By Zhang Jun Dummies are not dummies; they just need something to trigger their interest, a Taiwanese journalist said in a lecture last Wednesday. “Mainstream media need a new way to communicate with their new audience,” said Yi-Shan Chen, deputy editor at Taiwan’s CommonWealth Magazine and an instructor at National Taiwan University’s School of Journalism,. Chen is one of the six SOPA Award winners speaking at a week-long forum at Hong Kong Baptist University this year. With a background in economies, Chen has been focusing on business and financial reporting since she began her career in 1996. Some readers know news is important, but they think they will read it when they have more time, said Chen. “So what can we do?” she asked. “My solution is that we should find a new way to communicate with our new generation and try to be a platform to clarify information for our readers.” Chen said she experimented with new ways of storytelling, from words and information graphics to using animation to report economic issues. She’s tackled topics such as environmental protection, economic development, youth unemployment and inequality. “It is easy to say, but hard to do,” Chen said. Animated news needs a team made up of a journalist, transcript writer, broadcaster, web editor, artist, musician and animator, she said. “You can imagine how terrible the conferences are because I have to make them all clearly understand a serious economic issues, like Free Economic Pilot Zones, even including the artists who’ve never read our articles,” Chen said. Chen said her team will use new storytelling methods to report Taiwan’s presidential election...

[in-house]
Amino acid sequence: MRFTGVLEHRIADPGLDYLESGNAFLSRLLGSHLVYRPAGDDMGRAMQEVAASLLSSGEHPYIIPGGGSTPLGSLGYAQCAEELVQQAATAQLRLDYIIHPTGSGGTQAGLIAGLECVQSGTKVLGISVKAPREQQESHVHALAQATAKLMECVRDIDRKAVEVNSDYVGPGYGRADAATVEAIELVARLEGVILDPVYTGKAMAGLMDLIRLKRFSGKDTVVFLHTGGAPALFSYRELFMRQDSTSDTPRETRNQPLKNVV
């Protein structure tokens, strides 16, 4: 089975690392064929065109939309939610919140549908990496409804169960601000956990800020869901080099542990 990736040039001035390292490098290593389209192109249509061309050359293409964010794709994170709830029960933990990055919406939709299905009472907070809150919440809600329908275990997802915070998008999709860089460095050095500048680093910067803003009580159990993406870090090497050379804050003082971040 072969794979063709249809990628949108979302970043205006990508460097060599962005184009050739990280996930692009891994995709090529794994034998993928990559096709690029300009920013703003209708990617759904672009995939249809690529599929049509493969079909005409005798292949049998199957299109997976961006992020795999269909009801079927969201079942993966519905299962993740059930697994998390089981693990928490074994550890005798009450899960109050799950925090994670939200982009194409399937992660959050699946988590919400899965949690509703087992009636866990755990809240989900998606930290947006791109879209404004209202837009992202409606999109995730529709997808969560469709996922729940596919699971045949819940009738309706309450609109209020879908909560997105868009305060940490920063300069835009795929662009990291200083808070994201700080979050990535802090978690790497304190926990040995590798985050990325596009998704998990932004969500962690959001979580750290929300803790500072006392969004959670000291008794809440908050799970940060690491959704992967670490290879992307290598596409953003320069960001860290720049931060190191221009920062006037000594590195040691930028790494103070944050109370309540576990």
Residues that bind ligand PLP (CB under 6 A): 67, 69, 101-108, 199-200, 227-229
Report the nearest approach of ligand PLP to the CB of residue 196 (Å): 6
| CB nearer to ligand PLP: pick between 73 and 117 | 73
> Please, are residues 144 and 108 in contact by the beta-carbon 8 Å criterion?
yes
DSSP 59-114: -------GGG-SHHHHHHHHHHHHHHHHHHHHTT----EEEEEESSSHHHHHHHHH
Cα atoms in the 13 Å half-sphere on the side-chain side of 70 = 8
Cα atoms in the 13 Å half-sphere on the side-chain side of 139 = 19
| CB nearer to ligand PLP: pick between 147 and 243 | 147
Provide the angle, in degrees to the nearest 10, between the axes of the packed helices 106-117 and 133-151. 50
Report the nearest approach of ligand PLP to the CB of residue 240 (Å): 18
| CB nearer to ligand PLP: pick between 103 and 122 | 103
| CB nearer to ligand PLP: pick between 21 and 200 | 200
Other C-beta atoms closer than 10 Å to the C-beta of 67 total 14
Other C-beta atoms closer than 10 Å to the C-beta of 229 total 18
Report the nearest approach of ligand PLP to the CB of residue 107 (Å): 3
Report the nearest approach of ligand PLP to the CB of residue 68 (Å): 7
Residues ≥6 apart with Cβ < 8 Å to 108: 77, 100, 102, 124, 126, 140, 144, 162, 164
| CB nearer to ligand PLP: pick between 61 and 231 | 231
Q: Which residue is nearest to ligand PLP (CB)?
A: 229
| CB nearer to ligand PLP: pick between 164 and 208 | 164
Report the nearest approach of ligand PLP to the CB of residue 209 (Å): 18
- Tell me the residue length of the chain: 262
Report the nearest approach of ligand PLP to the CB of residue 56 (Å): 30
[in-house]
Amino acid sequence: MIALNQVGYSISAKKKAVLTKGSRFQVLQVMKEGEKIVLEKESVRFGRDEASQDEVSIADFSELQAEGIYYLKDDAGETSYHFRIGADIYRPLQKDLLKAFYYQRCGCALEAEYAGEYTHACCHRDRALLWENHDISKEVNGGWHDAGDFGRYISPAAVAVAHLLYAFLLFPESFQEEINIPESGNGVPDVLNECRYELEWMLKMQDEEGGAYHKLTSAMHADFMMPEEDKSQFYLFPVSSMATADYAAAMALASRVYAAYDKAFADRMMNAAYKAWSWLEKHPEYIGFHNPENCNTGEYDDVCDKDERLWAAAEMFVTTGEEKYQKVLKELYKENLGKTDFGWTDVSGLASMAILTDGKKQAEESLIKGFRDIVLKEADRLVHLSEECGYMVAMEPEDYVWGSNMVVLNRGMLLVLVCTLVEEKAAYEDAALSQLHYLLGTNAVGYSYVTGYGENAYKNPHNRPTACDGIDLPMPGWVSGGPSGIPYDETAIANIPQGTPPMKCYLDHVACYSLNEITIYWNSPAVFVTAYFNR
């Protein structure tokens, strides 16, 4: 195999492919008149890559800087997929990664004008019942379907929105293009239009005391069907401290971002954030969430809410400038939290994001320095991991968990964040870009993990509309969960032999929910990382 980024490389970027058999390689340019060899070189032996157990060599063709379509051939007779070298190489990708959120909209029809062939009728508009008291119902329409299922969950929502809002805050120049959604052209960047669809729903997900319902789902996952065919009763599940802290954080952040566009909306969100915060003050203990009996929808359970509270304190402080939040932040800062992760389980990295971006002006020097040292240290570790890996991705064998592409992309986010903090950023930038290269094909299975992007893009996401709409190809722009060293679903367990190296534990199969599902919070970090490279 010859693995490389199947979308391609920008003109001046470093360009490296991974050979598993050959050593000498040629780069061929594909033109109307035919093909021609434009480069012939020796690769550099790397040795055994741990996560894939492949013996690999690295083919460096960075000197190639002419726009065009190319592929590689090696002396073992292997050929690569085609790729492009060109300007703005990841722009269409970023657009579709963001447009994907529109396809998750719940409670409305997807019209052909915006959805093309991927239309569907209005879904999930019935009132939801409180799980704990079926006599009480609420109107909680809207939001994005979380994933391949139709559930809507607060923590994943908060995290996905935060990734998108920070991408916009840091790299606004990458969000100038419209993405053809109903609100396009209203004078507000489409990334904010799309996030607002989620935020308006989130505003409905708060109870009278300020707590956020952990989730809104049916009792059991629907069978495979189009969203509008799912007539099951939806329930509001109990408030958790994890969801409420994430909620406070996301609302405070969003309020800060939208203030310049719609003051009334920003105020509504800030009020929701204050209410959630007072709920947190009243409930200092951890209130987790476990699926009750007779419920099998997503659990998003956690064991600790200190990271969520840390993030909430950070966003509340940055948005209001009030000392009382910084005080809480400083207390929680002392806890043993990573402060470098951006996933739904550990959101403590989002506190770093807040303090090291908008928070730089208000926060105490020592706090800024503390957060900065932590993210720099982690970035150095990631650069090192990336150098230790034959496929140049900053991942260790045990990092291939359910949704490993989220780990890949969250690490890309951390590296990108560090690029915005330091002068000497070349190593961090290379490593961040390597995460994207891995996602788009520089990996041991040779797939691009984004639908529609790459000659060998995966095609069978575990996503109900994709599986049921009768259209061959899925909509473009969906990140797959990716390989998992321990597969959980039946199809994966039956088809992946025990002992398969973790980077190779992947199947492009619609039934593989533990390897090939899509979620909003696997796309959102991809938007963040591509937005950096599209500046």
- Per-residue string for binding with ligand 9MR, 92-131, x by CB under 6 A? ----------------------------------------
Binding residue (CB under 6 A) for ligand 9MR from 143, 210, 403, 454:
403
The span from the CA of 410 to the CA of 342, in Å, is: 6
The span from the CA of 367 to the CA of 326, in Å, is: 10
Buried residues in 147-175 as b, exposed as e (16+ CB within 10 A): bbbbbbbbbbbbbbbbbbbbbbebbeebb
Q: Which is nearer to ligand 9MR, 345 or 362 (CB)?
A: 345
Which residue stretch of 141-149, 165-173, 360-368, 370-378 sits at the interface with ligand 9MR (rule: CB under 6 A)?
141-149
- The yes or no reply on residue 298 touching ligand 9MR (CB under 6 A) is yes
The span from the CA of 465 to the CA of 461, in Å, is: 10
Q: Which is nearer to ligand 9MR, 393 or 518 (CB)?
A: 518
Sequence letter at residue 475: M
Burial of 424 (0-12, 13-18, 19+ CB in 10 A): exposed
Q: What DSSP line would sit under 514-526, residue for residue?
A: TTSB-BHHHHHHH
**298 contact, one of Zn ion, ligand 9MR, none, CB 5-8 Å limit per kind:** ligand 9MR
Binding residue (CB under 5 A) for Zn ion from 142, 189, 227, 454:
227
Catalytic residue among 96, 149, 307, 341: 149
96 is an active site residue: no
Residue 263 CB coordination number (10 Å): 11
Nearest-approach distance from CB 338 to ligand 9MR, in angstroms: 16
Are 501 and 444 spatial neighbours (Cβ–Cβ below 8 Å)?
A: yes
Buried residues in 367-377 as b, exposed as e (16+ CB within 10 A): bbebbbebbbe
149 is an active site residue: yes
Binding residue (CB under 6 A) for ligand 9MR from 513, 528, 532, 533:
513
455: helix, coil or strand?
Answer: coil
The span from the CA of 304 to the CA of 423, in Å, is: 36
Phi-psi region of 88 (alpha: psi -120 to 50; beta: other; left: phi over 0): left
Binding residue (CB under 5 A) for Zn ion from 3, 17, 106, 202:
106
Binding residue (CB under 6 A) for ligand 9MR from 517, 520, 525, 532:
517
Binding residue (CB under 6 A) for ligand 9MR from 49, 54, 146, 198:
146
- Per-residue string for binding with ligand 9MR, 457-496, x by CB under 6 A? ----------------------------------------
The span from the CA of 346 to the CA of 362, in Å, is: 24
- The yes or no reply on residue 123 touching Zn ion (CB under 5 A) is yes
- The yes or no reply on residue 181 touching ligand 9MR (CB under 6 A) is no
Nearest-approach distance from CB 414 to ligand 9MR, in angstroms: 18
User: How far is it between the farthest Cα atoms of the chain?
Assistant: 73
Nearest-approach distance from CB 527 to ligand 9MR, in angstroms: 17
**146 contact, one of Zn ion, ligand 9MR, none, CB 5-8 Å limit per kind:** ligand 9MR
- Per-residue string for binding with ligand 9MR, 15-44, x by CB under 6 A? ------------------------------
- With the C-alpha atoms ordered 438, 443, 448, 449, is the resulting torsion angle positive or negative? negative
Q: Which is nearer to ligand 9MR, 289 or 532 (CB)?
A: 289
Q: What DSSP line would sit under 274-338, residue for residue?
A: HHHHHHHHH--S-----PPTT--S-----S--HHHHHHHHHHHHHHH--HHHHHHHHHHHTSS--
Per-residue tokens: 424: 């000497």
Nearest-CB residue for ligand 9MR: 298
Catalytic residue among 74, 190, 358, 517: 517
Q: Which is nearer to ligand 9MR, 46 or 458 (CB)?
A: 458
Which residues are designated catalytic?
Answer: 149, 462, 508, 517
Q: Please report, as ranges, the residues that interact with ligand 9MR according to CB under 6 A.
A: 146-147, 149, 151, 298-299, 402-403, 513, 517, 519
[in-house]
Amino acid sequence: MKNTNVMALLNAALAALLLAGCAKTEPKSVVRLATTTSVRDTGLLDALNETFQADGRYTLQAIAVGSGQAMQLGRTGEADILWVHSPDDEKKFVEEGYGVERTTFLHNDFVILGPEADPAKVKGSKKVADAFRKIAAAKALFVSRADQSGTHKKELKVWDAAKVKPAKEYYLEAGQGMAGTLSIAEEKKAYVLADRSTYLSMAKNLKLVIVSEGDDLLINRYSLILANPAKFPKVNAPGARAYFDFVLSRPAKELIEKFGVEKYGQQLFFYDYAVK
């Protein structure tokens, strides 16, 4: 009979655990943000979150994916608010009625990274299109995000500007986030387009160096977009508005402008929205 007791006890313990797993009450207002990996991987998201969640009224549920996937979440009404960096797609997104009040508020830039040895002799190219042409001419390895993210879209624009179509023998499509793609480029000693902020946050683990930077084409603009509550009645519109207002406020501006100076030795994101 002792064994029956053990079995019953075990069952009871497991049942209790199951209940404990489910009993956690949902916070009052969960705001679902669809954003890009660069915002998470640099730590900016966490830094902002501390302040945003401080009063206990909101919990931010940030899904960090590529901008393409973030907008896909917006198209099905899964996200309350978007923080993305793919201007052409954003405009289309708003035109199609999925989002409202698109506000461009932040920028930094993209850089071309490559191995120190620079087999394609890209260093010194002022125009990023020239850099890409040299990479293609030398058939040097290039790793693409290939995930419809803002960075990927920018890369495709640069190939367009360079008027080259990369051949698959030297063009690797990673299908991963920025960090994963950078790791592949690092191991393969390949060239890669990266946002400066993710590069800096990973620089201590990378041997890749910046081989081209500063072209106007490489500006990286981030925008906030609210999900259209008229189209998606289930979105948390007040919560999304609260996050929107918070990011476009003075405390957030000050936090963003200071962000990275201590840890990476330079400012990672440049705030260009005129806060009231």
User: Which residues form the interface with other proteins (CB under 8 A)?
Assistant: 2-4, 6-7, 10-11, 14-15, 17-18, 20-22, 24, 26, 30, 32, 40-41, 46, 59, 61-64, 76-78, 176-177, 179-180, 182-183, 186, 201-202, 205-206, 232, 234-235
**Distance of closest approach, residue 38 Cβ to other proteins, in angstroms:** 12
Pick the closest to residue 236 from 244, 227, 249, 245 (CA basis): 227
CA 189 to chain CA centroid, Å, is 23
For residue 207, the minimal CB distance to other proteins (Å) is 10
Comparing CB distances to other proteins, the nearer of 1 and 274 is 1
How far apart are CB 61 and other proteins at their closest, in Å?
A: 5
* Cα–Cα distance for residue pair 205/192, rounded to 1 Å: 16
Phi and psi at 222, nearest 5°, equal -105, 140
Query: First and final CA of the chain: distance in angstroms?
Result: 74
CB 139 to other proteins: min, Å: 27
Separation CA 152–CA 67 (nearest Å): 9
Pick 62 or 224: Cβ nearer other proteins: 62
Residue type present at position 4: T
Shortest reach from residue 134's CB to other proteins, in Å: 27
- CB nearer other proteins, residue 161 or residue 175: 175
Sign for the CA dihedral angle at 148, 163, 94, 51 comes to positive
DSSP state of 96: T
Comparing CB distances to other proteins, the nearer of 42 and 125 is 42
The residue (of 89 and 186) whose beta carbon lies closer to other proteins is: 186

Being a journalist is a calling, SOPA Award winners say

Being a journalist is a calling, SOPA Award winners say

by Zhang Jun The three jobs that most change the world are politician, teacher, and journalist, said a Taiwanese journalist at the Opening Ceremony of HKBU-SOPA Award Winners Forum last Tuesday. “I think journalists can speak for the people who cannot have the chance or opportunity to have their voice heard,” said Yi-Shan Chen, deputy editor of Taiwan’s CommonWealth Magazine and an instructor at National Taiwan University’s School of Journalism. Chen was one of six award-winning speakers at the forum, organized biennially by Hong Kong Baptist University and the Society of Publishers in Asia. “Is it still worth being a journalist? The short answer is yes… SOPA-award winners can remind everyone why journalists are still so important today,” Cliff Buddle, SOPA Awards Committee member, said in his introduction speech. “It is a passion to be a journalist, and it is a calling,” Nancy C. Carvajal, a reporter for the Philippine Daily Inquirer,...